Despite failing to secure European football for the second straight season, there is nonetheless an air of optimism – albeit wary – among AC Milan fans. Just as in the previous campaign, another former Rossoneri star, Filippo Inzaghi was shown the exit, with Serbian tactician Siniša Mihajlović promptly being installed in his place. Unlike his predecessor, who was given a baptism by fire in his debut managerial season with a senior squad, Mihajlović arrives having already cut his teeth both in Serie A and internationally, with stints at Bologna, Catania, Fiorentina, the Serbian national team, and most recently Sampdoria.
Although Mihajlović has a wealth of experience, many Rossoneri supporters were initially quite skeptical about his appointment and not entirely because of his decent, but not overall spectacular winning percentage record. It’s often said that one’s words can come back to haunt them, and Milan’s newest coach became the latest victim due to his declaration that he “would never manage Milan” during his tenure with bitter cross-town rivals Inter. Nonetheless, he has made some headway towards redeeming himself by requesting some proven and rising players in all areas of the pitch. Last season Milan’s back-line was more porous than a slice of Swiss cheese, with wins being turned into draws and draws becoming losses due to their inability to stop shipping goals. Their attack, whilst decent at times, was nothing really to be singing praises about.
As such, the Diavolo, now flush with new investments opted to splash the cash – to the tune of €80 million – to bring in players including young defender Alessio Romagnoli for €25 million, midfielder Andrea Bertolacci for €20 million and attackers Carlos Bacca and Luiz Adriano for €30 and €8 million respectively. Although the Rossoneri have been not shy – to the point of being embarrassing – in their attempts to woo Zlatan Ibrahimovic back to the San Siro, these fresh new additions will certainly be part of the new Milan’s starting XI and should they jell quickly with their colleagues, fans can certainly be hopeful of at least a top-five finish come May.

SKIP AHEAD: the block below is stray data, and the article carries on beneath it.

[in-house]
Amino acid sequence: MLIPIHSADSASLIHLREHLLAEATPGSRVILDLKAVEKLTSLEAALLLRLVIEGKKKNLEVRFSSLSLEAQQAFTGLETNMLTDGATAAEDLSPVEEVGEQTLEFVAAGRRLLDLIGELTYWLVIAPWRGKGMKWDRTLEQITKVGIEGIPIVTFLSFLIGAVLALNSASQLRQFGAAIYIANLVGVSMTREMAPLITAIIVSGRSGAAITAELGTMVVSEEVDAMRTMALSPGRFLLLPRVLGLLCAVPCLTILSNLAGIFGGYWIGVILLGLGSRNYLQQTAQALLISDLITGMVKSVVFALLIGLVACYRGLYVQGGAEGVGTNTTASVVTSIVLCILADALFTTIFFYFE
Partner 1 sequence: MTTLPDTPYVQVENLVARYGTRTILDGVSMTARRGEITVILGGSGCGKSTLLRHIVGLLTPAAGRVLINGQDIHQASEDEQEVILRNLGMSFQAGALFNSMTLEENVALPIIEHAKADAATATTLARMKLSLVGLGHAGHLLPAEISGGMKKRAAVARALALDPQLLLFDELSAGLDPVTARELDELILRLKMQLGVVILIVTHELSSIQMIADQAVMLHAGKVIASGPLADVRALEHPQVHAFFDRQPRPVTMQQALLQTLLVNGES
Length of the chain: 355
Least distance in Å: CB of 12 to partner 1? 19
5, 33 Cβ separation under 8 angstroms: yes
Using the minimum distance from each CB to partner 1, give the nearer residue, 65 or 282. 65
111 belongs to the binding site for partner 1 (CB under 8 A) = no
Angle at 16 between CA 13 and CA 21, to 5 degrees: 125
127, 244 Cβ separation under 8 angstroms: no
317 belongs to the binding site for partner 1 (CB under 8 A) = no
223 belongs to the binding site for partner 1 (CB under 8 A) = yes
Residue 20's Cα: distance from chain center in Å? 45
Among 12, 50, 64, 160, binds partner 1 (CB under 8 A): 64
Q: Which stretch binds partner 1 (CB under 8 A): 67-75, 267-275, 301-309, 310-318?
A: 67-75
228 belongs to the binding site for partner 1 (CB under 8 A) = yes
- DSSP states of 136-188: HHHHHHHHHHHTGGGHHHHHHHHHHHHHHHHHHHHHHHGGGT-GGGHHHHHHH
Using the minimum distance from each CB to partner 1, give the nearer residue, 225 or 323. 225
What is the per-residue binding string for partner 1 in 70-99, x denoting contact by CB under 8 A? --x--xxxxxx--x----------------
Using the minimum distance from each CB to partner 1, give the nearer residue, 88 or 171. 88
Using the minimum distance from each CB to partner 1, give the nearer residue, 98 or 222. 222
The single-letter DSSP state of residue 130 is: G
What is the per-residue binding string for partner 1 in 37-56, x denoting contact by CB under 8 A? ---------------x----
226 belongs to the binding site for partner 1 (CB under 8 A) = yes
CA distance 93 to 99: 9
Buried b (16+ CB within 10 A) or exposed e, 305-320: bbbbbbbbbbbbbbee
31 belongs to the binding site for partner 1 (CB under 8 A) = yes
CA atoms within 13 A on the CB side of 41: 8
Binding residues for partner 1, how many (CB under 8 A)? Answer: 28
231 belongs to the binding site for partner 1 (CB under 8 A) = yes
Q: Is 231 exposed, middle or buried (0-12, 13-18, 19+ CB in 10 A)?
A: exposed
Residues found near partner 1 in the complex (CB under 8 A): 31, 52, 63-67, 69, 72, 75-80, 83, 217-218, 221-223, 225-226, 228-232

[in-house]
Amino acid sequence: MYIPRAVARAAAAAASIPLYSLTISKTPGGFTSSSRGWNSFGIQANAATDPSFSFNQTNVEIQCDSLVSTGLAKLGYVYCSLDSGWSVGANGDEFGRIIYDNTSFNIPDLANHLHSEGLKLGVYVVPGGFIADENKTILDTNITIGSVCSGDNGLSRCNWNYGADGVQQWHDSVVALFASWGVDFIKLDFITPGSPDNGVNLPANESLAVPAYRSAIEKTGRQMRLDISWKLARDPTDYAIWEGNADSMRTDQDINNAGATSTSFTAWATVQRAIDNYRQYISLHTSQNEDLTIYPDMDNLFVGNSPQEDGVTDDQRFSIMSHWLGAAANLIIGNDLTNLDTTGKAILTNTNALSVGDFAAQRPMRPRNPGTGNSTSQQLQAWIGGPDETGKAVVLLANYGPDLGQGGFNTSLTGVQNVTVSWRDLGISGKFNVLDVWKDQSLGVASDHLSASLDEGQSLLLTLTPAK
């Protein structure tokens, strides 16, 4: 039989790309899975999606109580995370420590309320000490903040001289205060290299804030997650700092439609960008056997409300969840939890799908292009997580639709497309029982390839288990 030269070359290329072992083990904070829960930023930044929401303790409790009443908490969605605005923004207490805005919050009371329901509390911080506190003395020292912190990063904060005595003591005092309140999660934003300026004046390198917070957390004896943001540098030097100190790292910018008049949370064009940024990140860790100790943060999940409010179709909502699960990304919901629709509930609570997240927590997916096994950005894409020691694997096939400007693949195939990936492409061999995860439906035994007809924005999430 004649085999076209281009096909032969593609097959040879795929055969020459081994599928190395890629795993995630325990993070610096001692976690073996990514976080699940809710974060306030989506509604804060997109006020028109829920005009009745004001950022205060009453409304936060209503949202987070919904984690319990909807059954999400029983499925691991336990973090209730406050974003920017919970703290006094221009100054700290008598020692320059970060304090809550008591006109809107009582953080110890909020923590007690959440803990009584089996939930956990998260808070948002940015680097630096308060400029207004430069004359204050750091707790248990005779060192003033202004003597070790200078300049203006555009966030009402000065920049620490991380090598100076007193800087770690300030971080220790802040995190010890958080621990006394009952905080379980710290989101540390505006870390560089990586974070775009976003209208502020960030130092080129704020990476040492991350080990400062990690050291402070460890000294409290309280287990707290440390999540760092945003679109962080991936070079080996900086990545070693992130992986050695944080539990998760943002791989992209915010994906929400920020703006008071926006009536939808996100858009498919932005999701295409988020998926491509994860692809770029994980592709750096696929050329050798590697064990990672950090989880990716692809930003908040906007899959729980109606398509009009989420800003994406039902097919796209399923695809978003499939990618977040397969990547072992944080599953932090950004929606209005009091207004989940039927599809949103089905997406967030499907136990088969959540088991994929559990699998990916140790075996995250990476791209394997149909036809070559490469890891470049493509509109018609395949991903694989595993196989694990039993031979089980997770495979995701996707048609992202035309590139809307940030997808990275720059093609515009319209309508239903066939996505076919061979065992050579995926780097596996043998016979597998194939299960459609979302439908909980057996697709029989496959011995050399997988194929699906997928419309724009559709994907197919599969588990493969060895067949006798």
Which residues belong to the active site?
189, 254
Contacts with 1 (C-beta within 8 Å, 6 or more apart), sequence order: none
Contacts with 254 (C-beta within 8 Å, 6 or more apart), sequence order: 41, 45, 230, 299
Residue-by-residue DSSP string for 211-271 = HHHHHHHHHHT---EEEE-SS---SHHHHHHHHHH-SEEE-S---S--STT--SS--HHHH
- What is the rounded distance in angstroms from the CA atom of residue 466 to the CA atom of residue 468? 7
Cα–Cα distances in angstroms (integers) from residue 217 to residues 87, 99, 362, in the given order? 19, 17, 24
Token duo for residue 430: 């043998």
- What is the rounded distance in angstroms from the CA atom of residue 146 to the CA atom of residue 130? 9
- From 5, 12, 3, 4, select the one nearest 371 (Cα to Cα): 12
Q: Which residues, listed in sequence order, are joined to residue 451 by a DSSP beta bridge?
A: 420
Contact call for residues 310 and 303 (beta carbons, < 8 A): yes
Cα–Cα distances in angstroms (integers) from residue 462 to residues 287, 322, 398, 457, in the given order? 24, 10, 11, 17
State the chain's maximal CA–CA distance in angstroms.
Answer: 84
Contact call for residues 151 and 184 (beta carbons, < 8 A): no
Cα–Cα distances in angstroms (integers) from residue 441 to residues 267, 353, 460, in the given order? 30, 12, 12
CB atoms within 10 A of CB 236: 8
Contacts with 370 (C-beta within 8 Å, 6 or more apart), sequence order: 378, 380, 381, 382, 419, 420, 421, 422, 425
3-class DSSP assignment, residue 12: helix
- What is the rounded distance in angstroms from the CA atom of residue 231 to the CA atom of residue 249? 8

Like Milan, Fiorentina, who finished in fourth place for the third straight time under Vincenzo Montella, have also undergone some drastic modifications this summer. The Viola now have a new man on the bench – Paulo Sousa – who is tasked with at least replicating – but ideally bettering – their same success to secure European football. They have, of course had some departures, but by far the most disappointing transactions for the Tuscan side were their failure to keep Neto after his contract expired and secure Mohamed Salah on an extended loan deal.
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Some of their bruised ego may be assuaged with the return of Giuseppe Rossi and Federico Bernardeschi from injury and both, especially Rossi, who has unfairly had to spend quite a period on the sidelines due to knee issues, will be hungry and determined to show their worth. Should both manage to avoid any kind of injury re-lapse, they have the potential to form a strong striking duo that will certainly contribute to Fiorentina’s success in their domestic and continental campaigns.
Both managers will be feeling the pressure in their debut games with their respective clubs and will be determined to naturally start off on a positive note. Historically, Fiorentina hold the advantage when it comes to matchday one games: out of the four played, the Viola have won two and drawn the other. They also will be seeking to mark their 2015/2016 campaign with a win to turn their three-match winning streak at the Stadio Artemio Franchi into four on the trot.